T he quest for improved tourism in Mulanje Mountain has seen the forestry office going for professional Tour Guides (TGs). Macdonald Nedi, secretary at Likhubula Forest office, says climbing the mountain without a professional TG is risky.
“We recommend trained TGs because they know what to do during emergencies. They are able to offer first-aid treatment,” says Nedi.
Likhubula Tour Guide Association (LTGA) chairperson Comster Supuni says by standards only trained tour guides should operate.
“We have standard fees. The untrained, therefore, offer the lowest fees to be competitive. Sadly, most tourists prefer those,” laments Supuni.
He reveals that many tourists have survived death by a whisker after the fake TGs failed to provide them the necessary first-aid treatment.
The practice at Lukhubula mirrors the situation on the ground. In parks and game reserves, including along Lake Malawi National Park, there are many bogus TGs, who defraud tourists while risking the clients’ lives.
On Mulanje Mountain, the practice is already breeding ugly results.
In a year, Nedi says they register an average of three cases of tourists fainting or dying as a result of fake TGs failure to give them timely first-aid treatment and other support.
Other clients get lost on the mountain after the bogus TGs miss the path to their destination. Nedi says this dents their reputation.
“We had an incident recently where a bogus TGs with a client climbed the mountain without our consent. The client was found dead the following day. Although we suspect it was a planned suicide, but the TG could have done better to intercept the suicide plan,” explains Nedi.
That is not all. On October 16, an America tourist died on the mountain.
However, a month later details about the client and what caused the death remain concealed. The case was not reported.
Nedi says the client did not pass through his office. The Nation traced the individual, who accompanied the client and 11 others up the mountain and found that he has never attended any training in tour guide. Nevertheless, he has been taking tourists up the mountain for over six years.
“He came through African Bible College (ABC). The incident happened on October 16, a day after arrival,” says Nedi.
He says after covering a short distance, the deceased asked for drinking water which he was given. Few minutes later, the man started shouting and died few minutes later.
“The team started talking with ABC officials and I remember them agreeing that the case should not be reported to police. I was told not to tell anyone,” explained the source whose identity we have withheld.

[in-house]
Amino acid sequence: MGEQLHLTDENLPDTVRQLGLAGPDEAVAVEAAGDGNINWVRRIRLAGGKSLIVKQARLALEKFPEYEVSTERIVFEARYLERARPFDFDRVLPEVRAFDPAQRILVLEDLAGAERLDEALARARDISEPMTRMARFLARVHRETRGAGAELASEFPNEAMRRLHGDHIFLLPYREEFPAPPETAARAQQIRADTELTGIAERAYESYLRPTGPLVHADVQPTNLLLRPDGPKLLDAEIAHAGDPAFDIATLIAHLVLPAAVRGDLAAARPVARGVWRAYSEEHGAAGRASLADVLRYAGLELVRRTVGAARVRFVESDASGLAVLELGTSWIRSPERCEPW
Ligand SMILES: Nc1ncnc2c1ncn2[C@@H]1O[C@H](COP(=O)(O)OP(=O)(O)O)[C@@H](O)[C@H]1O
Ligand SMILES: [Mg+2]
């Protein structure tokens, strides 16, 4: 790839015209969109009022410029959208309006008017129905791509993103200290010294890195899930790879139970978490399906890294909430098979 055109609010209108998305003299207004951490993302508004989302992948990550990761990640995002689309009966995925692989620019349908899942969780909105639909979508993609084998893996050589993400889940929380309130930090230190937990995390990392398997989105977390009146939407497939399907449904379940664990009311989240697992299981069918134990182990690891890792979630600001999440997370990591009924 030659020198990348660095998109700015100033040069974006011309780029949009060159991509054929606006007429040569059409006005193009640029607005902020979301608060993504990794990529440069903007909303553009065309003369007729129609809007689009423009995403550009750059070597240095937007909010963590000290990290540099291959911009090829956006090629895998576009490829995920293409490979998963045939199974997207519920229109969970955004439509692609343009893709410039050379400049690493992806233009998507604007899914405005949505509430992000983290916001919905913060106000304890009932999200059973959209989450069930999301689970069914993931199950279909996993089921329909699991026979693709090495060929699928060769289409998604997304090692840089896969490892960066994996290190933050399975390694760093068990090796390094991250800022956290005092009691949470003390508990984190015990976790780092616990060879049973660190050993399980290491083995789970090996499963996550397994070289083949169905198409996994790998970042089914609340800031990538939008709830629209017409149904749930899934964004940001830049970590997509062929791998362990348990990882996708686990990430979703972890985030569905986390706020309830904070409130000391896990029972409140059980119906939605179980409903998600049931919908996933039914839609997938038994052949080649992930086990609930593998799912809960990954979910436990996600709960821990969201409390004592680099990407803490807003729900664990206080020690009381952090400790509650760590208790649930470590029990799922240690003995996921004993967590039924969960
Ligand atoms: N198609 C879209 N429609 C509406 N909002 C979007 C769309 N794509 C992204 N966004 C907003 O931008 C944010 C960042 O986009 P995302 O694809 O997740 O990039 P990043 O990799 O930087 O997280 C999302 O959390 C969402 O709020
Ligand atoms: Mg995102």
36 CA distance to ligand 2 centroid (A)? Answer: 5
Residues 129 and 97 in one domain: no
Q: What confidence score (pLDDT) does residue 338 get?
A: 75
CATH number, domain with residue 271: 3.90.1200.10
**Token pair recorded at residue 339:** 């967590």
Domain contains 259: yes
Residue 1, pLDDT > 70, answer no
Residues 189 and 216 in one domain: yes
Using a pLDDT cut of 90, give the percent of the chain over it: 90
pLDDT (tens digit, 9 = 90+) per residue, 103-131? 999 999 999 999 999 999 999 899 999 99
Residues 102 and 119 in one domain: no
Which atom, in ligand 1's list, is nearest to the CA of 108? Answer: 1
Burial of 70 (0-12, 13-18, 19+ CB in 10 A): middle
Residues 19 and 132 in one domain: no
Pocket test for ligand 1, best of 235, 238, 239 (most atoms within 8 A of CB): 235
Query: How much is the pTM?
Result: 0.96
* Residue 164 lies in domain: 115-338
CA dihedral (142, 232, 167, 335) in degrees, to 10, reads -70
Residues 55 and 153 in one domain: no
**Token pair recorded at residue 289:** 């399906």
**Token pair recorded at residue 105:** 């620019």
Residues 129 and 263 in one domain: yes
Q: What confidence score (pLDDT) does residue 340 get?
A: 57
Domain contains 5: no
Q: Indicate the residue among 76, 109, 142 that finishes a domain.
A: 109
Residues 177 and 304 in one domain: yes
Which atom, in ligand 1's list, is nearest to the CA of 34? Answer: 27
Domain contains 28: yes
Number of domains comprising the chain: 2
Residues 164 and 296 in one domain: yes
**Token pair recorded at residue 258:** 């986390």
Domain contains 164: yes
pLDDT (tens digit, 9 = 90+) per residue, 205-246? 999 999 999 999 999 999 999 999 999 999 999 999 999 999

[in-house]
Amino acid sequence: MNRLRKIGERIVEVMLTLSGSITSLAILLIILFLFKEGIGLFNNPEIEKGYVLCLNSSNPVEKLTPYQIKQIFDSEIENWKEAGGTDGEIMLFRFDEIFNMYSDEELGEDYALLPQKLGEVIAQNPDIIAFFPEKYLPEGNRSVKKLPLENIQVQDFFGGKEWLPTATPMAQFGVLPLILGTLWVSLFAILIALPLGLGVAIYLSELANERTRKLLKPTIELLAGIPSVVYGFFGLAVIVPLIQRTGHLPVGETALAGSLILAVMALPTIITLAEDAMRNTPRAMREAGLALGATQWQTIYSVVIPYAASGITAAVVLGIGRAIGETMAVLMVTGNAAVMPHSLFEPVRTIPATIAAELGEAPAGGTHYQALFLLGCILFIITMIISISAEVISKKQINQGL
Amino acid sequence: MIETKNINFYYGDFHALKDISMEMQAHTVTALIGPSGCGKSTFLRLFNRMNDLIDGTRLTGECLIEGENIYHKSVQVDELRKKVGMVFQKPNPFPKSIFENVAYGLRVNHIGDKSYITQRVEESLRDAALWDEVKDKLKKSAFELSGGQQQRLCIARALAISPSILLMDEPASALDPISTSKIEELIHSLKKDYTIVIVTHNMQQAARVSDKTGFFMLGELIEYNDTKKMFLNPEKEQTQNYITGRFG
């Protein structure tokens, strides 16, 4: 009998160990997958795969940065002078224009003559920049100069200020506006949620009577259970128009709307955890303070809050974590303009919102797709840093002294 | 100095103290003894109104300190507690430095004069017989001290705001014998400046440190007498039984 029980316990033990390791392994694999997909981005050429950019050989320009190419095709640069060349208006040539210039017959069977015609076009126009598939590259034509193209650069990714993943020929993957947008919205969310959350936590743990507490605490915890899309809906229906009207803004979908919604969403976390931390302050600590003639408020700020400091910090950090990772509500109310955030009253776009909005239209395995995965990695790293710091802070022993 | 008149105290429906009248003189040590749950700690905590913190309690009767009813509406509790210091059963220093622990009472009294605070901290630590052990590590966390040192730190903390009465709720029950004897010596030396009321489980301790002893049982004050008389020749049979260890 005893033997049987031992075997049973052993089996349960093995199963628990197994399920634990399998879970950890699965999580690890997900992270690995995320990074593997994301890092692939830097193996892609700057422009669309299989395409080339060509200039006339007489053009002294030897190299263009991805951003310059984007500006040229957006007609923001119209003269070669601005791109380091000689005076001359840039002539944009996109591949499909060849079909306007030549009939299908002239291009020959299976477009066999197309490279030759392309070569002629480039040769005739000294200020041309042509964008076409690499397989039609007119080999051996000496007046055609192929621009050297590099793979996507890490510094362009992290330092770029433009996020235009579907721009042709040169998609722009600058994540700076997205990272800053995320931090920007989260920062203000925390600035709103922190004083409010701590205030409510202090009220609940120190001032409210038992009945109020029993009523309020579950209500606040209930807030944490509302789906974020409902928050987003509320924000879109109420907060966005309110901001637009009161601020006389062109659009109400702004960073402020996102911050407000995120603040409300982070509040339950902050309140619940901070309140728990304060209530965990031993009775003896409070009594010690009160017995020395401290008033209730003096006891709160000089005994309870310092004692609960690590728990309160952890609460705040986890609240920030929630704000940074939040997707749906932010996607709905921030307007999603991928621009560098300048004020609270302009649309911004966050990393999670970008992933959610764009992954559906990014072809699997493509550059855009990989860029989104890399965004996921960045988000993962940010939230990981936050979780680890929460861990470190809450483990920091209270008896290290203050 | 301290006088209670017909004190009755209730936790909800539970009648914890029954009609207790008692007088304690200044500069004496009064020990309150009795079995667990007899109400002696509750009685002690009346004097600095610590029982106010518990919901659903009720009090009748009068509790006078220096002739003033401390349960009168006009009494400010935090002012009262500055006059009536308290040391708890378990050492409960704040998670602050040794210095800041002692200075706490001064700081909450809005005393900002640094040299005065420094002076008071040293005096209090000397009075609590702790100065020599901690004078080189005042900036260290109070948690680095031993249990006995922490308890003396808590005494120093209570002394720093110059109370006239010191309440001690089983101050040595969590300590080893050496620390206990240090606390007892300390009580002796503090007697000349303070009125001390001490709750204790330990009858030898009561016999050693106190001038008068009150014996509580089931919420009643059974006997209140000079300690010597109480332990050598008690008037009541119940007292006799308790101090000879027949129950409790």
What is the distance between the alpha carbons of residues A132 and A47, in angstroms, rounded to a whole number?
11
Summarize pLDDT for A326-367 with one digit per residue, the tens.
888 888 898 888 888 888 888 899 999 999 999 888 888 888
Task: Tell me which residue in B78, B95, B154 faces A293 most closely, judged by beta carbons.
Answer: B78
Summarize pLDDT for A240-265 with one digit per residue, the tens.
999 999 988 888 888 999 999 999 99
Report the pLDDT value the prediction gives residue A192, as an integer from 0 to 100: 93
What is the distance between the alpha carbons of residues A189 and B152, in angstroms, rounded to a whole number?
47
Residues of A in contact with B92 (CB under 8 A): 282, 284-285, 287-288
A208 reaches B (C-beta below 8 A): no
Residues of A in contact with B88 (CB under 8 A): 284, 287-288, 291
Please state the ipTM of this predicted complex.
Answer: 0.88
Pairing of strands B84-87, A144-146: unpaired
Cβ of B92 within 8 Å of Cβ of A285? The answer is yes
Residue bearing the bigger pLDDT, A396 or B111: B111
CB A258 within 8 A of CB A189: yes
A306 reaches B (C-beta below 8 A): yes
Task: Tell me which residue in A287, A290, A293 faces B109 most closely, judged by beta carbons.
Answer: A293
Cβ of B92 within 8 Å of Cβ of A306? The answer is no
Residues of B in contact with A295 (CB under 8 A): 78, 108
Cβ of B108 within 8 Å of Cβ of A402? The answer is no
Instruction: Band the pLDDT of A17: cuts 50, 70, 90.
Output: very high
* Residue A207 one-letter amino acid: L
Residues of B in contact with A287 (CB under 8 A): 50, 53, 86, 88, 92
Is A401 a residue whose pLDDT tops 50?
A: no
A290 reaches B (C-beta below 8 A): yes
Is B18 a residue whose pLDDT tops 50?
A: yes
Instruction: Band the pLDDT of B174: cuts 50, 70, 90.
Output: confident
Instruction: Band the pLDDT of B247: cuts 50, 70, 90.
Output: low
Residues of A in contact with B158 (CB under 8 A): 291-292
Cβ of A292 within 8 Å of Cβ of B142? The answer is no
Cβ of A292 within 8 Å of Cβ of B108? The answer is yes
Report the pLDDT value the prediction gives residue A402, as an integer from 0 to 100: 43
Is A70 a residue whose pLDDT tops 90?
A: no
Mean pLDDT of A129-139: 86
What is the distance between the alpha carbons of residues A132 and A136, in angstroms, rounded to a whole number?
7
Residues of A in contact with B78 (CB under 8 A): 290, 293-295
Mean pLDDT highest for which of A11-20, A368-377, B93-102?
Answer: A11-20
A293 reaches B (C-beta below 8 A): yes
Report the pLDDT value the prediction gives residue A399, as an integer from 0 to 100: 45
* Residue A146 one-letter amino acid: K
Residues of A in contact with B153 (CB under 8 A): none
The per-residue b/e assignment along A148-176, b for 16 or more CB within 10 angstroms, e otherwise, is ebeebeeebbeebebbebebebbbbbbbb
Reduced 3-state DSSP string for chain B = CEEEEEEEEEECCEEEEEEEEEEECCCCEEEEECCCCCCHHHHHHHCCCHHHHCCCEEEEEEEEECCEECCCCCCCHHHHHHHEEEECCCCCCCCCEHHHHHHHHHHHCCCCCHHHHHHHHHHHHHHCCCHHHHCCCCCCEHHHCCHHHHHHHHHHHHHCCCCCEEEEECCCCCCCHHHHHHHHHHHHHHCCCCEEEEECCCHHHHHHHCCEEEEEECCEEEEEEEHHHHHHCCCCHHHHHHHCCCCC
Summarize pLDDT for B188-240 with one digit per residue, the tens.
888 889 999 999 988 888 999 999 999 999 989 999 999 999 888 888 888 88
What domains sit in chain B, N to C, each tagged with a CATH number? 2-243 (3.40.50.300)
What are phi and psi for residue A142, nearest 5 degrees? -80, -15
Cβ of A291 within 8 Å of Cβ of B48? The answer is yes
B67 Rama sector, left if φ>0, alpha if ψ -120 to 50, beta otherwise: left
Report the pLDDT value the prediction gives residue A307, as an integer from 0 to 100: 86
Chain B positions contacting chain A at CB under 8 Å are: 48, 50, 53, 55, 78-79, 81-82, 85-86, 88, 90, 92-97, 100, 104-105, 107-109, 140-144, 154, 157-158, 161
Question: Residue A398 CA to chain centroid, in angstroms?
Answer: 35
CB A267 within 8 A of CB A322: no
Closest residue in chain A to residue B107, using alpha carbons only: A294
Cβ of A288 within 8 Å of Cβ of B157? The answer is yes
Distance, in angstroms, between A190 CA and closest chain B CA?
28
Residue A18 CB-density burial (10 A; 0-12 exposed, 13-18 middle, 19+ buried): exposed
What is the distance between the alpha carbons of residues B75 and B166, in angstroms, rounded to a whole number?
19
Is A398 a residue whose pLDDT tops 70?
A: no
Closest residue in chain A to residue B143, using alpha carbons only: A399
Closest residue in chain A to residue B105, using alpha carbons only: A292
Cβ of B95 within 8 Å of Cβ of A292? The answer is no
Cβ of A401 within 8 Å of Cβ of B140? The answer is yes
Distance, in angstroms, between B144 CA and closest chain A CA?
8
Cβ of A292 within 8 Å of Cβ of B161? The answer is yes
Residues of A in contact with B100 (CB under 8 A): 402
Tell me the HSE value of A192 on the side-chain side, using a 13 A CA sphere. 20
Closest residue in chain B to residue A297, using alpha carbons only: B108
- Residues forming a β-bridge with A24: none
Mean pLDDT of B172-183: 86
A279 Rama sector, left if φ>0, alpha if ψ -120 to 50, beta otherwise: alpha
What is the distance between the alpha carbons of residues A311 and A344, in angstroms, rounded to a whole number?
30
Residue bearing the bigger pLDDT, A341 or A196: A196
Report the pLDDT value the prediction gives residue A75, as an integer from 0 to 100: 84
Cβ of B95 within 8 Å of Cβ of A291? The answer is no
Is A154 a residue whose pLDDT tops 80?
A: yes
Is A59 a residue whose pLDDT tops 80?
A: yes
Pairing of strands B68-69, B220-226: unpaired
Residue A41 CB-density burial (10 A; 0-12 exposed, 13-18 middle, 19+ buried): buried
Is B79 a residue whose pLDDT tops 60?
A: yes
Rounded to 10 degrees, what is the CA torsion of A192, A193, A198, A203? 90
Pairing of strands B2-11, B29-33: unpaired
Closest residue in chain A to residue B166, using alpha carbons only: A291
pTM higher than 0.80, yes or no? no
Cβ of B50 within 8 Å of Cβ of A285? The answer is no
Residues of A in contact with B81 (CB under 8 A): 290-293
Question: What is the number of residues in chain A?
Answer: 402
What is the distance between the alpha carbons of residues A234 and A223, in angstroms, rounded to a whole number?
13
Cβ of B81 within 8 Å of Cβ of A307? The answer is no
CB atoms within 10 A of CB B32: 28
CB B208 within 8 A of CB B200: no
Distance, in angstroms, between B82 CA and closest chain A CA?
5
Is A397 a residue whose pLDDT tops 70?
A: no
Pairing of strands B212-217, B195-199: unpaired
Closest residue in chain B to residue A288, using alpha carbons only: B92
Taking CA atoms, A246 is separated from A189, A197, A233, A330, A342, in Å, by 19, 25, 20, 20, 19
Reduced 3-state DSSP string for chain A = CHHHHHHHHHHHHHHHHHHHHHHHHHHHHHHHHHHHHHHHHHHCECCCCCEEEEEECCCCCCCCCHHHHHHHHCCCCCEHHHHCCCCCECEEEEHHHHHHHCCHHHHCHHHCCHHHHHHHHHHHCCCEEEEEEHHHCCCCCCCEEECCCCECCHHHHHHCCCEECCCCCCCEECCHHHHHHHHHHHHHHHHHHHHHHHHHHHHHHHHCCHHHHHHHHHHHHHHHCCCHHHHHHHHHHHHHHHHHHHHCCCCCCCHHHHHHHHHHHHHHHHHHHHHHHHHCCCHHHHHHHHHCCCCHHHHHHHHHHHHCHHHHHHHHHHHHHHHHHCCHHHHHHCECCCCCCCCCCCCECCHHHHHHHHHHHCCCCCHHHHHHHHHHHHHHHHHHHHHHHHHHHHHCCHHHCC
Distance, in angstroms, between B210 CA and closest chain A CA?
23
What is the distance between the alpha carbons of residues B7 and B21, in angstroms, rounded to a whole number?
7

He admits that they neither registered at the tourist office nor paid the fee and get a recommendation on whom to accompany them up the mountain as required.
“I have my customer in US who refers tourists to me. These were also referred and since I am not registered, I could not go through the forest office,” he says.
Mulanje Mountain Conservation Trust (MMCT) programmes officer Kondwani Chamwala says: “This boils down to the need of engaging professional TGs and obey the procedures. If these were observed, I am sure they could have noticed that the deceased was not fit for hiking.”
Lack of strict measures on hiking continues to risk lives of tourists. We found tens of men posing as tour guides at Chitakale Trading Centre. They were running after every face that appears to be new and trying to convince them if they are in for hiking.
We also established that some professional TGs take clients to the forest office and register that they are accompanying them, but later engage their relatives who are not trained. They later share the proceeds.
Both Nedi and Chamwala acknowledge the practice.
“This is risky. What if something happens? Will this person provide enough safety?” wonders Chamwala.
During the visit, none of the trained TGs had an identity card or protective clothing. They had a first-aid kit. There are no instruments to vet if one is fit for hiking. They also rely on cellphones for both lighting at night and communication, but there is sporadic network on the mountain.
“We need the two-way-radios for communication. Imagine one is lost and is in an area without network, how can they be saved?” wonders Chamwala. n